Decision Date29 May 1985
Docket NumberCiv. S-83-776 LKK.,No. Civ. S-83-406 LKK,Civ. S-83-406 LKK
Citation613 F. Supp. 558
PartiesPUBLIC AGENCIES OPPOSED TO SOCIAL SECURITY ENTRAPMENT, et al., Plaintiffs, v. Margaret HECKLER, Secretary, Department of Health and Human Services, et al., Defendants. STATE OF CALIFORNIA, Plaintiff, v. UNITED STATES of America, et al., Defendants.
CourtU.S. District Court — Eastern District of California



Betsy Grey, Atty., Dept. of Justice, Civ. Div., Washington, D.C., for defendants.

Paul Dobson, Deputy Atty. Gen., Sacramento, Cal., for State of California.

Ernest Schulzke, Sacramento, Cal., for plaintiffs in No. Civ. S-83-406 LKK.


KARLTON, Chief Judge.

The above captioned cases are currently before the court on cross motions for summary judgment, preliminary injunctions, and dismissal. The motions are disposed of in this Memorandum and Order.


For several years, many political subdivisions of the State of California ("the public agencies") have voluntarily participated in the Old Age, Survivors, and Disability Insurance Benefits program of the federal Social Security Act. The federal and state statutes governing the public agencies' participation permitted them to withdraw from the program so long as they satisfied certain termination requirements. On April 20, 1983, the Congress amended that portion of the federal statute which permitted the public agencies to withdraw. The public agencies and the State then sued the United States and the administrators of the Social Security program, challenging the constitutionality of the amendment. They argued that the amendment constituted an illegal tax upon the State, and that various constitutional rights of the State, the public agencies and their employees were violated by passage of the 1983 amendment. Those challenges to the amendment are currently before the court.

Among the constitutional arguments proffered, the public agencies allege that the April, 1983 amendment effected a taking of their contract rights without just compensation. In resolving this issue, I am mindful of my duty to construe statutes as constitutional. I am also mindful of the fact that the statute I consider was enacted by Congress as part of a comprehensive package of legislation dealing with the intractable problem of ensuring the financial viability of one of the most important social programs adopted by the federal government. Nonetheless, and no matter with what circumspection a judge approaches the task, under our system it is "emphatically the province and duty of the judicial department to say what the law is." Marbury v. Madison, 5 U.S. (1 Cranch) 137, 177, 2 L.Ed. 60 (1803).

With all the deference to which an act of Congress is entitled, I nonetheless conclude in this opinion that, as against the United States, the public agencies were vested with the contractual right to withdraw from Title II, that this right constitutes "private property" within the meaning of the Just Compensation Clause of the Fifth Amendment, and that this property was taken from them by the United States without the "just compensation" mandated by that clause. I further determine, however, that to award just compensation in this case would frustrate the very purpose Congress had in passing the statute. Accordingly, I find that to comply with the provisions of the Constitution and to honor the evident intent of Congress I must declare the statute unconstitutional and of no effect to the degree that it prevents the State and its public agencies from withdrawing from the program.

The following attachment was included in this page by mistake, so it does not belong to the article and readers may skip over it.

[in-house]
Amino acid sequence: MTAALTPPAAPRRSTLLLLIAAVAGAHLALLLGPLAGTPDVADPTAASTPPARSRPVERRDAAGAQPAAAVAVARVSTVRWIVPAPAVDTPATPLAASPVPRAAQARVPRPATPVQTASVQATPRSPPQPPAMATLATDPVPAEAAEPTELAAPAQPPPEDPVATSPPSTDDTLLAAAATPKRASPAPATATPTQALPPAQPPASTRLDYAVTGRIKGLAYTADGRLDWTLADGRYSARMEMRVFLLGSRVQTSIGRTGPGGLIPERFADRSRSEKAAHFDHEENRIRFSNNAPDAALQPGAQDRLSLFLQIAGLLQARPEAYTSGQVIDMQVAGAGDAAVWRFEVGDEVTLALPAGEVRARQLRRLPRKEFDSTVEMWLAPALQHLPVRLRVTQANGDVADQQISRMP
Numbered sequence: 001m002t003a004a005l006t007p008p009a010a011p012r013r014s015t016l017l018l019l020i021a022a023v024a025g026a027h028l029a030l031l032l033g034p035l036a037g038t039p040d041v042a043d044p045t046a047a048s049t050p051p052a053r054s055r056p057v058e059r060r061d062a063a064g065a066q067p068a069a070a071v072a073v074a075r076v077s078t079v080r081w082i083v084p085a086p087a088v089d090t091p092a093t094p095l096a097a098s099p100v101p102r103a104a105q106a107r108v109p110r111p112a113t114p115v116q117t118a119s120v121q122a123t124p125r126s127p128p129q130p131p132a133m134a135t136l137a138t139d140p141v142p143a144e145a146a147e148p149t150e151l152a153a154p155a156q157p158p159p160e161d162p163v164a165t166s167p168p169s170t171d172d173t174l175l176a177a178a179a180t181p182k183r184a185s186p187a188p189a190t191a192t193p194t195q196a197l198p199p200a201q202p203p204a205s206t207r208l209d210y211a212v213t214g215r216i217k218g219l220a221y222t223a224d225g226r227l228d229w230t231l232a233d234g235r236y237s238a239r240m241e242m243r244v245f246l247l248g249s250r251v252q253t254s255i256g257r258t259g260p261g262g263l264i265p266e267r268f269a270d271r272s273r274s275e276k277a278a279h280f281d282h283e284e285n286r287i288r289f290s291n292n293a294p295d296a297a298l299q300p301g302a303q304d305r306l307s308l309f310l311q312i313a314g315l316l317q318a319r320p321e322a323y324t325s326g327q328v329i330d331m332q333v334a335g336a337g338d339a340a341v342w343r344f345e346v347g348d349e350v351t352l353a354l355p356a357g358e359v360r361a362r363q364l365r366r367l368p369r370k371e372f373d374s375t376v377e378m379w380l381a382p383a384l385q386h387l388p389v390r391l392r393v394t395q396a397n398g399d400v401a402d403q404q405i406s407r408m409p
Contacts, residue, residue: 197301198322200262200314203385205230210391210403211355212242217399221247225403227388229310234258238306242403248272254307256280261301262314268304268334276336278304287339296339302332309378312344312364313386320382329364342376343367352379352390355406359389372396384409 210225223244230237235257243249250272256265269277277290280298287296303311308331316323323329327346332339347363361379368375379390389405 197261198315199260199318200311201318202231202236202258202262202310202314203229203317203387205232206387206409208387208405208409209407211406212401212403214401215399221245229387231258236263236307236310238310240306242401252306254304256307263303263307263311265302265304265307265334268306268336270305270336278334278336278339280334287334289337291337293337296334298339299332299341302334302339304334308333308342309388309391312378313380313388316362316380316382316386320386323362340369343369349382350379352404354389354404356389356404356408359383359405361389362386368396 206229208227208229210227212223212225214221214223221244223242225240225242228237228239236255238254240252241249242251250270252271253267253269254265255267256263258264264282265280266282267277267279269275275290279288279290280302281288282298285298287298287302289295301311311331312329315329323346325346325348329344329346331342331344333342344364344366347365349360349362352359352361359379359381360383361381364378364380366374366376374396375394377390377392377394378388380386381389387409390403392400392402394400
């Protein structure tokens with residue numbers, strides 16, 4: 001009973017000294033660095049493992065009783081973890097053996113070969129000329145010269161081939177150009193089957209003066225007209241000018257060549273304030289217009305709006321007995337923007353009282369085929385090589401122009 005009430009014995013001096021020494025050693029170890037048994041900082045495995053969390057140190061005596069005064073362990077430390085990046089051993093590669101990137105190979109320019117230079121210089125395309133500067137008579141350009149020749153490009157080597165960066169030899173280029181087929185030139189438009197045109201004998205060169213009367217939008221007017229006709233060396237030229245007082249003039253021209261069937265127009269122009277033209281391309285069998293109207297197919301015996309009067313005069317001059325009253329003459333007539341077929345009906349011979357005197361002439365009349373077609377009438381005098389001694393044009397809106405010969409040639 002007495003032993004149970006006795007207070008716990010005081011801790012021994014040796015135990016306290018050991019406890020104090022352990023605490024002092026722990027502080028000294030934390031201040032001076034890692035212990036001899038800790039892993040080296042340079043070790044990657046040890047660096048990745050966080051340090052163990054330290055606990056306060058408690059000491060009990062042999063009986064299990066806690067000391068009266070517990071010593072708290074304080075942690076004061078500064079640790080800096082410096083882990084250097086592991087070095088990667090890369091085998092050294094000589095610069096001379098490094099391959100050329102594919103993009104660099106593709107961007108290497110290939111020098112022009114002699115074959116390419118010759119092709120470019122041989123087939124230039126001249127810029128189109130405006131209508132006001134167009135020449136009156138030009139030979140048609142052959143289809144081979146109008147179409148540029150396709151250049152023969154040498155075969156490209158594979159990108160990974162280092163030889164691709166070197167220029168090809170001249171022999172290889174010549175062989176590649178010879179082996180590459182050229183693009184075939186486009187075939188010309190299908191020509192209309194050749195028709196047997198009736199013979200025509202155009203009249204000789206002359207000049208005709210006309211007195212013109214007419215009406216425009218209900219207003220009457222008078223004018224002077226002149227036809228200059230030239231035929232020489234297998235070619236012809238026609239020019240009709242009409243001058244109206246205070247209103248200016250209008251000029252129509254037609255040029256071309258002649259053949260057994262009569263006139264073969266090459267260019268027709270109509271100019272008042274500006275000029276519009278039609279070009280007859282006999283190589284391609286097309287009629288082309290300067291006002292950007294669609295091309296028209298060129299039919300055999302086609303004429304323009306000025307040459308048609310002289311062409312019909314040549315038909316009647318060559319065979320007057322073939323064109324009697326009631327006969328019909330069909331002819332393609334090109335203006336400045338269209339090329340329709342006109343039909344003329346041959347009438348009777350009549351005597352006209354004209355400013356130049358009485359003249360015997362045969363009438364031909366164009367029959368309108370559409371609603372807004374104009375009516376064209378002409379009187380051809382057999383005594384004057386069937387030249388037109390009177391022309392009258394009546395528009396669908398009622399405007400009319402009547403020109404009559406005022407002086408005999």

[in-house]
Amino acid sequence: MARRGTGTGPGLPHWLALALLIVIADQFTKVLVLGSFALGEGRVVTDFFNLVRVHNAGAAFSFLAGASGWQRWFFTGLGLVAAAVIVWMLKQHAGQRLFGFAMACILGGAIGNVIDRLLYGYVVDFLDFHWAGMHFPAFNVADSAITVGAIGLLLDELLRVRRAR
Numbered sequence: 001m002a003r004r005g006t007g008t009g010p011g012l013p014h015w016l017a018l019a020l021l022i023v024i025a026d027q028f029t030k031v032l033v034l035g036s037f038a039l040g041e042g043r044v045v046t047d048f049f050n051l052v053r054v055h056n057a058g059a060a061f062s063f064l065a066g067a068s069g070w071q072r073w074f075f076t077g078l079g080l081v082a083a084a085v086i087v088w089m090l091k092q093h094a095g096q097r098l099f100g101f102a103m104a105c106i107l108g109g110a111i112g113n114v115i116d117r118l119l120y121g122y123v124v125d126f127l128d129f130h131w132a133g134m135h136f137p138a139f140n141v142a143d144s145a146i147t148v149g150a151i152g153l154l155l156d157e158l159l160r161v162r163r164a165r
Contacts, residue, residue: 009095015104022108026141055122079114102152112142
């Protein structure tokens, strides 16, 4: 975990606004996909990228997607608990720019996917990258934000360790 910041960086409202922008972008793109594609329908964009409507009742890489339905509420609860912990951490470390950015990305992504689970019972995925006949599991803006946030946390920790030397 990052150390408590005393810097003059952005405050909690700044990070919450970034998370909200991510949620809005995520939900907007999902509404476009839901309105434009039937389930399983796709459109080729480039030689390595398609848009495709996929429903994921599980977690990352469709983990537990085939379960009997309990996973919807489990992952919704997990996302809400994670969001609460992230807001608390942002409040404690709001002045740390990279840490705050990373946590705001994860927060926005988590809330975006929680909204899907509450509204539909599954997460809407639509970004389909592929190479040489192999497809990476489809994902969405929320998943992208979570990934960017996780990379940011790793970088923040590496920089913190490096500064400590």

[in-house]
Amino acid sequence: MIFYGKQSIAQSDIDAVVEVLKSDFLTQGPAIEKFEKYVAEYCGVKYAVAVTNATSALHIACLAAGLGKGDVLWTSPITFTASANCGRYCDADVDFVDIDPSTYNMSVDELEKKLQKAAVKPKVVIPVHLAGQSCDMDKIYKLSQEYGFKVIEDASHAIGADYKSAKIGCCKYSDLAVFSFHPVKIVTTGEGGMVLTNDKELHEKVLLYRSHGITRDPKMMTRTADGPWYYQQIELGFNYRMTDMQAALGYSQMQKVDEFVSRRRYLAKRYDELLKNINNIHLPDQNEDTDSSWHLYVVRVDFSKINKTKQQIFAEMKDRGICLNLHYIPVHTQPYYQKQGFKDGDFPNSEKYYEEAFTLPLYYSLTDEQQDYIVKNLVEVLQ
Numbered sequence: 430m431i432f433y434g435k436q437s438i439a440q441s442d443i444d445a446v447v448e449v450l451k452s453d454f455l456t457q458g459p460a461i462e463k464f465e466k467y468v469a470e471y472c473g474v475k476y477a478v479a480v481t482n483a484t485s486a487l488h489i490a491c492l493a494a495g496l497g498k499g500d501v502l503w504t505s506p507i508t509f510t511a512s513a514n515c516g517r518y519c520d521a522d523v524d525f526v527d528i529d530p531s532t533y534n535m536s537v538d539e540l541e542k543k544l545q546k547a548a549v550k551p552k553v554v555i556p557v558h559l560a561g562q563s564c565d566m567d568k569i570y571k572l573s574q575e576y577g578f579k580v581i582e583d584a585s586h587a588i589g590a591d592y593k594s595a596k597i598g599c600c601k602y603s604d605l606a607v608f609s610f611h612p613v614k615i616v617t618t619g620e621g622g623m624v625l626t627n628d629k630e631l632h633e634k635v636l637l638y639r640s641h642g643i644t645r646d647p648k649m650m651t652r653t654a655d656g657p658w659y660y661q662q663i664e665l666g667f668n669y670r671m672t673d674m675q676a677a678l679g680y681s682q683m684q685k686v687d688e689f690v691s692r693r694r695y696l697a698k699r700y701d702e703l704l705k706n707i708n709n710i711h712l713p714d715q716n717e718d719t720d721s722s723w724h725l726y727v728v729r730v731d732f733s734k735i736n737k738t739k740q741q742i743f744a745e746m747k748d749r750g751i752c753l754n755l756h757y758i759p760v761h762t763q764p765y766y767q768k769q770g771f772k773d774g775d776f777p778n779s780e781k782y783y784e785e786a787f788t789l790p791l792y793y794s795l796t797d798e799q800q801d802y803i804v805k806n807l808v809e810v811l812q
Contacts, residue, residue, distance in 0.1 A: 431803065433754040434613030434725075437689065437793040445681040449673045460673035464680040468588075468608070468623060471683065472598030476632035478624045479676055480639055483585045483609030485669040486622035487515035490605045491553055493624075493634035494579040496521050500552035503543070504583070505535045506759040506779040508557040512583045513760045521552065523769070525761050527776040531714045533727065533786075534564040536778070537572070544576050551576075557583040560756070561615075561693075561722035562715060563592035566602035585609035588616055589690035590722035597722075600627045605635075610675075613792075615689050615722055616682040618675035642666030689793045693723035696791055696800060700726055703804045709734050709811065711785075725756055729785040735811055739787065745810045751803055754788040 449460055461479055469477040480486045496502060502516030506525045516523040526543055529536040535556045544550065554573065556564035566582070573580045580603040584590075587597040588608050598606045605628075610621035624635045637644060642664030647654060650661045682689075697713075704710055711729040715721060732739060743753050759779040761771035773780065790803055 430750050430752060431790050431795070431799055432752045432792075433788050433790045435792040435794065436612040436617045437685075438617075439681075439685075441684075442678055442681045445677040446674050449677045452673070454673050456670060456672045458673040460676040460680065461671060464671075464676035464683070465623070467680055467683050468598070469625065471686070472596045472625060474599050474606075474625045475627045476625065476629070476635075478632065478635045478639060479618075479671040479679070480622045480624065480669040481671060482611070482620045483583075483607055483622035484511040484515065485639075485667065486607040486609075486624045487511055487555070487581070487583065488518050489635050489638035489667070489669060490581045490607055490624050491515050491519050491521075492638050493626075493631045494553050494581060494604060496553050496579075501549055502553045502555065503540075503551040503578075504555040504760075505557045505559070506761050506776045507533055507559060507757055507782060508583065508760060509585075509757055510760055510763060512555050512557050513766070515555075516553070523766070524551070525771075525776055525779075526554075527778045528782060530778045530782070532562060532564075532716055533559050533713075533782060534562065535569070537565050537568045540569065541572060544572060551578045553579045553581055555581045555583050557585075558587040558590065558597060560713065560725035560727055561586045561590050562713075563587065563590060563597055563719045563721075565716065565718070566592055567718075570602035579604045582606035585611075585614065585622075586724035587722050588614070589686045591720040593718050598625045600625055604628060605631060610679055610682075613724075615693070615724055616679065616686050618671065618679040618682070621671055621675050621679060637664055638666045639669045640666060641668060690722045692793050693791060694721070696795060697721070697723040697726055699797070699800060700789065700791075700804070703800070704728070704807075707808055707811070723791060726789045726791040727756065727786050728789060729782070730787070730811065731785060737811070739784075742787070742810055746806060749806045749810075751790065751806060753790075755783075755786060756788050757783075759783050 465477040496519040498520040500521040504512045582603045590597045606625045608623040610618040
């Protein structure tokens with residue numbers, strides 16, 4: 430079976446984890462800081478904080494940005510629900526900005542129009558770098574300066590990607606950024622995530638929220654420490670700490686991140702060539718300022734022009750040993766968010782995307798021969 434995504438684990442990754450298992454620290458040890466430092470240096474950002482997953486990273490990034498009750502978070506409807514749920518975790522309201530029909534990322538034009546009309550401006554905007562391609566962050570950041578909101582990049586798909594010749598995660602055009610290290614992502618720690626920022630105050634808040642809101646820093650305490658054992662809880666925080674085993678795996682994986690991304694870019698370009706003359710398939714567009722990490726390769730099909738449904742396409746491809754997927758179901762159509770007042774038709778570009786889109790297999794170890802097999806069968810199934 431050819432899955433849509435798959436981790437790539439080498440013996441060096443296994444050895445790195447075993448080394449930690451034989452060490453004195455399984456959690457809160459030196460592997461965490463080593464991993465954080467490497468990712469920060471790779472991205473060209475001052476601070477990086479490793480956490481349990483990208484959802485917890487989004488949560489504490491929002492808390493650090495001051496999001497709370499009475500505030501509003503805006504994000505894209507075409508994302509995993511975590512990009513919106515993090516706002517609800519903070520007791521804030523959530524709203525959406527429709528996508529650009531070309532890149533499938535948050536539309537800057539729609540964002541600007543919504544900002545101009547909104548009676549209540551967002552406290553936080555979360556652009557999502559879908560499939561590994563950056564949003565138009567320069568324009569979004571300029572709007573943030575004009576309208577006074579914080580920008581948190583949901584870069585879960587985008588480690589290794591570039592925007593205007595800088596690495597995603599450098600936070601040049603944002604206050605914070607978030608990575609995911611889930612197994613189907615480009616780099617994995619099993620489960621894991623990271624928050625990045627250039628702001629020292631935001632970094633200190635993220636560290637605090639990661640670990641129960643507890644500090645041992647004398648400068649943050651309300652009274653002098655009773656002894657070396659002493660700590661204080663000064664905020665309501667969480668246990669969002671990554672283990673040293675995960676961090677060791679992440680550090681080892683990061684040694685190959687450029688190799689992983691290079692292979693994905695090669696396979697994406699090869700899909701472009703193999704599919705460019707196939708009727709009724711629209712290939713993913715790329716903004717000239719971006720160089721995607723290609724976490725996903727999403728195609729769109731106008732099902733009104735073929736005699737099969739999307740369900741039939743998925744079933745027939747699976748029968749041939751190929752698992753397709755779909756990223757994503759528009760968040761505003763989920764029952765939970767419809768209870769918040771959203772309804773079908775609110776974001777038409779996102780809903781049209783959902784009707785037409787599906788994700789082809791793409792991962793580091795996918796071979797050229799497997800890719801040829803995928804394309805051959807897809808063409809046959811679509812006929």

Lest this Opinion be read too broadly, I briefly pause to clarify what this case is not about. This case does not involve mandatory participation in the Social Security system by the State of California or its public agencies. It may be assumed without deciding, that Congress could force the State and public agencies to provide Title II benefits to their employees, since the welfare of all United States citizens is of concern to the entire nation. See Garcia v. San Antonio Metropolitan Transit Authority, ___ U.S. ___, 105 S.Ct. 1005, 83 L.Ed.2d 1016 (1985). It may be assumed (without deciding) that such an imposition might pass constitutional muster even though the Agreement permits the State to withdraw from the contract. In such a case, the State's contractual right to withdraw would appear to be unaffected (thus a Just Compensation claim might be avoided), but the termination right would do the State no good since it would then be under a statutory obligation to participate in the Program. This is not, however, the situation presented here. In the case before this court, the Congress has specifically divested the State and its public agencies of their contractual right to terminate their participation in the Program; it has further instructed the Secretary to effectuate that divestment by directing her to refuse to accept any otherwise properly tendered notifications of withdrawal. It is to this statutory scheme that the lawsuits are tendered and it is only this question which is addressed.